The Open Source Hardware Association (OSHWA) is looking for a Program Coordinator to assist with a new program designed to engage open hardware in academia. The new program will give grants to academics to document the process of creating successful open hardware projects in academia. The Program Coordinator will be responsible for assisting in building out the program, managing the day-to-day deadlines of grantees, answering questions, scheduling meetings, and generally facilitating the development of the network. Ideal candidates will have an understanding of academic operations, typical academic outputs, budgets, and open source hardware.  However, candidates do not need to be situated in academia.

OSHWA is a steward to the community of people who create, study, and use open source hardware. Open source hardware is hardware whose intellectual property is open rather than closed, i.e. patented. OSHWA is a US based 501(c)3 non-profit. OSHWA aims to foster technological knowledge and encourage research that is accessible, collaborative and respects user freedom. 

OSHWA believes that the open source hardware community is strengthened by its diversity and, as such, encourages people of color, women, the LGBTQIA+ community, persons with disabilities, and people at intersections of these identities, from across the spectrum of disciplines and methods, to apply for this position.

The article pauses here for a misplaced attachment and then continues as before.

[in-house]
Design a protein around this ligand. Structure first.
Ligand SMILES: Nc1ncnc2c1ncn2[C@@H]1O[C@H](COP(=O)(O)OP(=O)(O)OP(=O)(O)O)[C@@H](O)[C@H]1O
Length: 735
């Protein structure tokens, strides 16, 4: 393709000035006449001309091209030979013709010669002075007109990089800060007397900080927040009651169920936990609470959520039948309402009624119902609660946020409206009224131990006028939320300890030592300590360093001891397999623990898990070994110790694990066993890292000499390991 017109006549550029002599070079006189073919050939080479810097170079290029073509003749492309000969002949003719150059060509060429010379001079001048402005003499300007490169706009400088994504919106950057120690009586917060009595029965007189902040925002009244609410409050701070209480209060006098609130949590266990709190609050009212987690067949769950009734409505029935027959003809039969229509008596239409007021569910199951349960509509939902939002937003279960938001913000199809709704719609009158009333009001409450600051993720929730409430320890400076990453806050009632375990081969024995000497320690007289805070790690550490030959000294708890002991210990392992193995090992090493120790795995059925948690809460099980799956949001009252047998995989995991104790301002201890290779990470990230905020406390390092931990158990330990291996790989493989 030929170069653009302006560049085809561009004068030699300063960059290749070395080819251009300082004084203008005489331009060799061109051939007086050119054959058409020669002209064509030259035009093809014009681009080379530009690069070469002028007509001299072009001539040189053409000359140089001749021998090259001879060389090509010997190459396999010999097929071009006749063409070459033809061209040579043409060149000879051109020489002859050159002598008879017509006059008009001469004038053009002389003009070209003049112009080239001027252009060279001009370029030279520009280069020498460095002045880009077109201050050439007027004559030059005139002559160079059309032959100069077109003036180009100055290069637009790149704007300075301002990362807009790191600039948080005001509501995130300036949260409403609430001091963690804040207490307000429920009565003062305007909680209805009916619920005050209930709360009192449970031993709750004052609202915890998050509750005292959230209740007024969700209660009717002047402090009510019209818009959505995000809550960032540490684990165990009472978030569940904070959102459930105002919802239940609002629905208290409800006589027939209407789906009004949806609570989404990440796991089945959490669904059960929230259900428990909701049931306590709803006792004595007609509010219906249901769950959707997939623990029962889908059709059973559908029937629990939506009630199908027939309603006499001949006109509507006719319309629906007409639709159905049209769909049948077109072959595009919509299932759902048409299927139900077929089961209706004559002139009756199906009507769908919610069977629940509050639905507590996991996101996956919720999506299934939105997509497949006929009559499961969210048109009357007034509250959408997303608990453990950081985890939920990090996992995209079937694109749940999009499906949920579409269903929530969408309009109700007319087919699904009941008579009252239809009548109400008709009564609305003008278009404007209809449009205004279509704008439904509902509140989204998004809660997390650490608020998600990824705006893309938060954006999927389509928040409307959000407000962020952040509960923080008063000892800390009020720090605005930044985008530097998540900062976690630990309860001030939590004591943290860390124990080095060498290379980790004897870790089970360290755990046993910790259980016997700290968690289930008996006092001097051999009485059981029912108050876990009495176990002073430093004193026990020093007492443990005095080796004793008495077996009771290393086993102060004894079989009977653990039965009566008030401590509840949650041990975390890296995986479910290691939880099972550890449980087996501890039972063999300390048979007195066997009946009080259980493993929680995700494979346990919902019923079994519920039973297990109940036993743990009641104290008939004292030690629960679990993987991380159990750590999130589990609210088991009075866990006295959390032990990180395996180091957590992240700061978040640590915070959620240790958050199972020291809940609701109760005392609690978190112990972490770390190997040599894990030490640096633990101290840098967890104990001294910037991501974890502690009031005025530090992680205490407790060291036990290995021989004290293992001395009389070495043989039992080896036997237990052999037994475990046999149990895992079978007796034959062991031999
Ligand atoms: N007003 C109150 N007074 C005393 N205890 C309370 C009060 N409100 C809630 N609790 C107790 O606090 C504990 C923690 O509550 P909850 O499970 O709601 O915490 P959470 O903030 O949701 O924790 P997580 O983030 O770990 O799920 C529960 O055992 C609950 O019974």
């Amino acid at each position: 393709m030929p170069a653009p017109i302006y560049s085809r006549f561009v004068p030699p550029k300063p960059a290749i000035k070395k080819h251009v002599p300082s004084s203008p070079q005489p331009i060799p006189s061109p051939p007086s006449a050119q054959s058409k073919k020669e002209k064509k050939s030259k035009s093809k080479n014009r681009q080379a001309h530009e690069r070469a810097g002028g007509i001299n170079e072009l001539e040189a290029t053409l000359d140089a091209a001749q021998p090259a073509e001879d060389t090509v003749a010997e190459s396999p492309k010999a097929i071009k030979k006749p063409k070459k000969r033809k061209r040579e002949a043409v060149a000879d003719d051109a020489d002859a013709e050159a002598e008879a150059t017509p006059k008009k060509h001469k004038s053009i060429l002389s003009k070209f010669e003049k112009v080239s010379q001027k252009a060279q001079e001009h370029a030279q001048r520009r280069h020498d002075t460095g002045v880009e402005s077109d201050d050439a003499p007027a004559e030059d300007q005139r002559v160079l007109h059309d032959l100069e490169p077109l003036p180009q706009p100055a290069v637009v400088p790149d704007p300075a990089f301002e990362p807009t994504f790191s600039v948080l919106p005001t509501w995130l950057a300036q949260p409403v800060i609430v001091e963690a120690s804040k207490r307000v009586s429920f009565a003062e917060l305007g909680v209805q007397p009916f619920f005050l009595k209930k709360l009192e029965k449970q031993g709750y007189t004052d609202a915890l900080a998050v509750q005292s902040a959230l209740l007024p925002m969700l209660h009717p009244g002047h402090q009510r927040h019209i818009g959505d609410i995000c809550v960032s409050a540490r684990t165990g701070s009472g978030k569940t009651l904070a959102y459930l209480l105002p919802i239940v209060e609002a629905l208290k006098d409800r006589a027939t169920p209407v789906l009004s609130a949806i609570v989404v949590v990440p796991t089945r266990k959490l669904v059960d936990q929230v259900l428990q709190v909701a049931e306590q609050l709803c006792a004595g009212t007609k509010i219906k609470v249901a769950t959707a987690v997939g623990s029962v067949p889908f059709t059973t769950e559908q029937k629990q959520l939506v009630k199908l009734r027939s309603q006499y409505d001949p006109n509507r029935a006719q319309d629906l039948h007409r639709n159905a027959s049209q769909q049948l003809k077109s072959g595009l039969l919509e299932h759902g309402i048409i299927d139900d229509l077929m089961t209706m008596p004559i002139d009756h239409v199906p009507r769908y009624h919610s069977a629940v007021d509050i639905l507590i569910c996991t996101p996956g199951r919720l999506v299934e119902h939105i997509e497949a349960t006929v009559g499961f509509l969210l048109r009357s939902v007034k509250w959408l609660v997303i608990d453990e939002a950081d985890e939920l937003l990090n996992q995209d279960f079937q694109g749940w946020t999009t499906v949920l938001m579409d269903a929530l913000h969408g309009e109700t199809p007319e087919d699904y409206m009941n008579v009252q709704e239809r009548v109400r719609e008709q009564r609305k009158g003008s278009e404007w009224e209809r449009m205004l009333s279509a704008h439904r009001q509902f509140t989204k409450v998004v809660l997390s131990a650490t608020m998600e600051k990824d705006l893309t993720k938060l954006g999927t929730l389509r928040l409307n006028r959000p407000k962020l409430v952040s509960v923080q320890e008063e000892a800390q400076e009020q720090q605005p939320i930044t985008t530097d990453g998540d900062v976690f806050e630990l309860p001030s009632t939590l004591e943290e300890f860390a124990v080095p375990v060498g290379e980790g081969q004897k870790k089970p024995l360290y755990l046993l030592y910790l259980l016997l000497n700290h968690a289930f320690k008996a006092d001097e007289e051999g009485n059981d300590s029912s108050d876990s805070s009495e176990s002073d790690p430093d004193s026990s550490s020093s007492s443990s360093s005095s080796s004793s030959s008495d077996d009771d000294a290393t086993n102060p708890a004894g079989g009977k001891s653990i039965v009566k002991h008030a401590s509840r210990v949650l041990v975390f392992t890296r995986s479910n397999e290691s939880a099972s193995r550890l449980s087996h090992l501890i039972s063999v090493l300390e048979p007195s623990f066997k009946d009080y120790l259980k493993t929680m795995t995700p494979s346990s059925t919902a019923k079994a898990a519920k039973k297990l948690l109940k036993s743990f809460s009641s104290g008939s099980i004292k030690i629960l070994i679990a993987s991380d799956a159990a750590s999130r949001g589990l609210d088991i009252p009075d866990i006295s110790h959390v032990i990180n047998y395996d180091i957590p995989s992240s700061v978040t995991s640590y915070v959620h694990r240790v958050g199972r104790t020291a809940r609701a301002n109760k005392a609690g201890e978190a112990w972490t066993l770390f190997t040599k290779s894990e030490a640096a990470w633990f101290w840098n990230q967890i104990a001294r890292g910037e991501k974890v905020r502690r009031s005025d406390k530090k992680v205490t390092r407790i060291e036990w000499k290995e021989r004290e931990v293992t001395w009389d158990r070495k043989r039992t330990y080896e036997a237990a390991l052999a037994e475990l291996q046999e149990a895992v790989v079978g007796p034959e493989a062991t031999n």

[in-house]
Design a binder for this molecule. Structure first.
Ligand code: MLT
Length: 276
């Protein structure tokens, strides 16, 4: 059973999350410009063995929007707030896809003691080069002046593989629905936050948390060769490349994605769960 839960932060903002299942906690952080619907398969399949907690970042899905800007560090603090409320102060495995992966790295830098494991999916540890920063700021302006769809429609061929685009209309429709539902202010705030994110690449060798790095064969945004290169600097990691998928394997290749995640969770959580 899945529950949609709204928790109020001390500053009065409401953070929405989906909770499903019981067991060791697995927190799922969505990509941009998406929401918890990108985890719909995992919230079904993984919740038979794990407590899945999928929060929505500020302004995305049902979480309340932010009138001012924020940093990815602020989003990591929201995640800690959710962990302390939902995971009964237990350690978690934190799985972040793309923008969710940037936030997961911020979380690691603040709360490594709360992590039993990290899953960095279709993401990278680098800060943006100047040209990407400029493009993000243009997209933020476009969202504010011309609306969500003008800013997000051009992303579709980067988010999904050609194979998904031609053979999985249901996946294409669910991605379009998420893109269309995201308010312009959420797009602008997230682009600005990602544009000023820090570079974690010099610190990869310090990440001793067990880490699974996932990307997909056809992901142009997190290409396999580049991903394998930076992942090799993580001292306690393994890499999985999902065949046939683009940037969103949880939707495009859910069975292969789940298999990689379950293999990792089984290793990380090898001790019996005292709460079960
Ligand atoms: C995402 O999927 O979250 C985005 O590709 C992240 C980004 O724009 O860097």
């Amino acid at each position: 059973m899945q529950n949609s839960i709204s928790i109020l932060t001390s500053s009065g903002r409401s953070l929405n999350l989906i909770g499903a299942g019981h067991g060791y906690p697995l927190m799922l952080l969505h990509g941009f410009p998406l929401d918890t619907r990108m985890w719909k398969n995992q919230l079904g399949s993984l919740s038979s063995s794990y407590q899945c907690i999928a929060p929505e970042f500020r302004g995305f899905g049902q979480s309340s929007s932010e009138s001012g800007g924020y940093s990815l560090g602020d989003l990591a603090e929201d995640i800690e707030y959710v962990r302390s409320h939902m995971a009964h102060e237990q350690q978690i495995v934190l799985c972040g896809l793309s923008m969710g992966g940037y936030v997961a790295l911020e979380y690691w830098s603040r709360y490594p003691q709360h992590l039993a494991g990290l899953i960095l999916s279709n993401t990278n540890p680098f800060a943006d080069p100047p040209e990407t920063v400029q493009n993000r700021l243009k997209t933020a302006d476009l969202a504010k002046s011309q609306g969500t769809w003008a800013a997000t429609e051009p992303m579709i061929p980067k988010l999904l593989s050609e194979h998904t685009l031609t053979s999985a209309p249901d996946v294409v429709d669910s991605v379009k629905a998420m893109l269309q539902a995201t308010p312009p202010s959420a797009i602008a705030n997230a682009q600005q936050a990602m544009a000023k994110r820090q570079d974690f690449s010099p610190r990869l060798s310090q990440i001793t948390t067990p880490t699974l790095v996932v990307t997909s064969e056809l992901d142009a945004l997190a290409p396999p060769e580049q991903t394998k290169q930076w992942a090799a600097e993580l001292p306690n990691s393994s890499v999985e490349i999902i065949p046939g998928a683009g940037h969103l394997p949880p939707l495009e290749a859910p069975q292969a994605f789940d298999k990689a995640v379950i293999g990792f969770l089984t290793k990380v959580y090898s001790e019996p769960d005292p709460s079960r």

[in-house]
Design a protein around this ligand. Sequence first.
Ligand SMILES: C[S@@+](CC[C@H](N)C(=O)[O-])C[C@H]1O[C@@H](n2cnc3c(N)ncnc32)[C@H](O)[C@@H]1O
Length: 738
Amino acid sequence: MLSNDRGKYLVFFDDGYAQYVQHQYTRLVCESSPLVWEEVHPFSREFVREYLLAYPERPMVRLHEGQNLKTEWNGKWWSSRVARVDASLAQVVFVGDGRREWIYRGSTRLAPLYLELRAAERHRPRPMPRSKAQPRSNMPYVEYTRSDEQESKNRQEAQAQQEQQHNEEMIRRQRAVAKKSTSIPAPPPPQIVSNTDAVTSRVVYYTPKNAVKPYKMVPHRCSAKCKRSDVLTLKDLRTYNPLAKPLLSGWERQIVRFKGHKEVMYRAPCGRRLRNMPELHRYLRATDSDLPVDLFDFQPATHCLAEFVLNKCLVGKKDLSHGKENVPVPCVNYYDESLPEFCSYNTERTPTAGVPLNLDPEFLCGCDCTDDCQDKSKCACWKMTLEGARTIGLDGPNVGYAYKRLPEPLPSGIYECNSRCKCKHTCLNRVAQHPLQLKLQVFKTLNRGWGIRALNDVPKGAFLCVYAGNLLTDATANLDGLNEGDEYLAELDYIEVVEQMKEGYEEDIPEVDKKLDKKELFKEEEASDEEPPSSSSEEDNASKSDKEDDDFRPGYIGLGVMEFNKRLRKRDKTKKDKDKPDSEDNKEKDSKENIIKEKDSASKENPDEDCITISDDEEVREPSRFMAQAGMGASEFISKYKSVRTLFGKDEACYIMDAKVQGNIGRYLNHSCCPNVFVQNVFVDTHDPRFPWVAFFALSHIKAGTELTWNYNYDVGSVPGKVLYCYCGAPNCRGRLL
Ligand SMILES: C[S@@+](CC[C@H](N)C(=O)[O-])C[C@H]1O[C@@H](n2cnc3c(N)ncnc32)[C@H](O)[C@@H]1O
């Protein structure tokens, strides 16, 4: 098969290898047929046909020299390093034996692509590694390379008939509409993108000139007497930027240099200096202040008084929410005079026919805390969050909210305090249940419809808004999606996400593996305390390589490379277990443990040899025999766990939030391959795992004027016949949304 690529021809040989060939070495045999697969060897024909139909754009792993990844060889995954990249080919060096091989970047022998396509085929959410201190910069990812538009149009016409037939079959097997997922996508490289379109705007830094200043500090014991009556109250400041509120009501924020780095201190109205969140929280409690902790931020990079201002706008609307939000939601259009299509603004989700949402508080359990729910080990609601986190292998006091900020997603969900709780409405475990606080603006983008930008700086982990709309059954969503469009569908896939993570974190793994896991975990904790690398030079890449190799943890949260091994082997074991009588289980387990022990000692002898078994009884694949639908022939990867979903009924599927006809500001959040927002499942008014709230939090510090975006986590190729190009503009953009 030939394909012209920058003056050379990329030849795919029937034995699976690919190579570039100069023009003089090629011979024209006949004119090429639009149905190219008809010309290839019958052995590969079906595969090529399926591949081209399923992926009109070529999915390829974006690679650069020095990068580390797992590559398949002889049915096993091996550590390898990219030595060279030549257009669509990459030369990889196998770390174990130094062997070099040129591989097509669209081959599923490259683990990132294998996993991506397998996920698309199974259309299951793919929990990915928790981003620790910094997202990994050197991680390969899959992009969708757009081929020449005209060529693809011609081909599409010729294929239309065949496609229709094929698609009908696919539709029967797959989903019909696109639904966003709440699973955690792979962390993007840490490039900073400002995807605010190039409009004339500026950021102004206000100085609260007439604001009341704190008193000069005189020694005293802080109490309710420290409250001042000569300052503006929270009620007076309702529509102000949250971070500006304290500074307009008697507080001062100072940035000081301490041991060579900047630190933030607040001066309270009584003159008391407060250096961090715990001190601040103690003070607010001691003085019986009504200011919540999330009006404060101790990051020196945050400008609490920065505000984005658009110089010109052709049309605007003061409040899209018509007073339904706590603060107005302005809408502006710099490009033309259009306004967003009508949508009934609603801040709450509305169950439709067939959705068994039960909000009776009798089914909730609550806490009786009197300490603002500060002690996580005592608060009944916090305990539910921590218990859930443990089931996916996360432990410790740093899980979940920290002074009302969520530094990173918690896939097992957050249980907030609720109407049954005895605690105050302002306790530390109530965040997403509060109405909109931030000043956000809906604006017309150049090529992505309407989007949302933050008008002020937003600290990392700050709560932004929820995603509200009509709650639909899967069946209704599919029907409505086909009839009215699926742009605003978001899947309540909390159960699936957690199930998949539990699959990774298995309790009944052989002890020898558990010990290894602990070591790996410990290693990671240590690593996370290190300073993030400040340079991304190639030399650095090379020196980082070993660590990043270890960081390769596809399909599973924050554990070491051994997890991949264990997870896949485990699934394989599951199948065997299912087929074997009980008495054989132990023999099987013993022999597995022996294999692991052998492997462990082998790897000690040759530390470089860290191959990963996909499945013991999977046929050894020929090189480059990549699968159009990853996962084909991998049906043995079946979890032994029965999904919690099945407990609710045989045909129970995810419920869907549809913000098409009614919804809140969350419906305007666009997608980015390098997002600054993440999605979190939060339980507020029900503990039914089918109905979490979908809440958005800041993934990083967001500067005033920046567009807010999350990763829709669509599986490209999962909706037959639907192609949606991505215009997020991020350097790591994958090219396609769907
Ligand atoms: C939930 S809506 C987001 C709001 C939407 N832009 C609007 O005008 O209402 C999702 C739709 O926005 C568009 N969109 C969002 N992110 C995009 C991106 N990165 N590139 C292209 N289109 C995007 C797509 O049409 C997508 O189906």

Read more…

OSHWA is hiring a Program Coordinator

KiCAD 6.0: What Made It and What Didn’t

Dave Rowntree writes:

I’ve been following the development of KiCAD for a number of years now, and using it as my main electronics CAD package daily for a the last six years or thereabouts, so the release of KiCAD 6.0 is quite exciting to an electronics nerd like me. The release date had been pushed out a bit, as this is such a huge update, and has taken a little longer than anticipated. But, it was finally tagged and pushed out to distribution on Christmas day, with some much deserved fanfare in the usual places.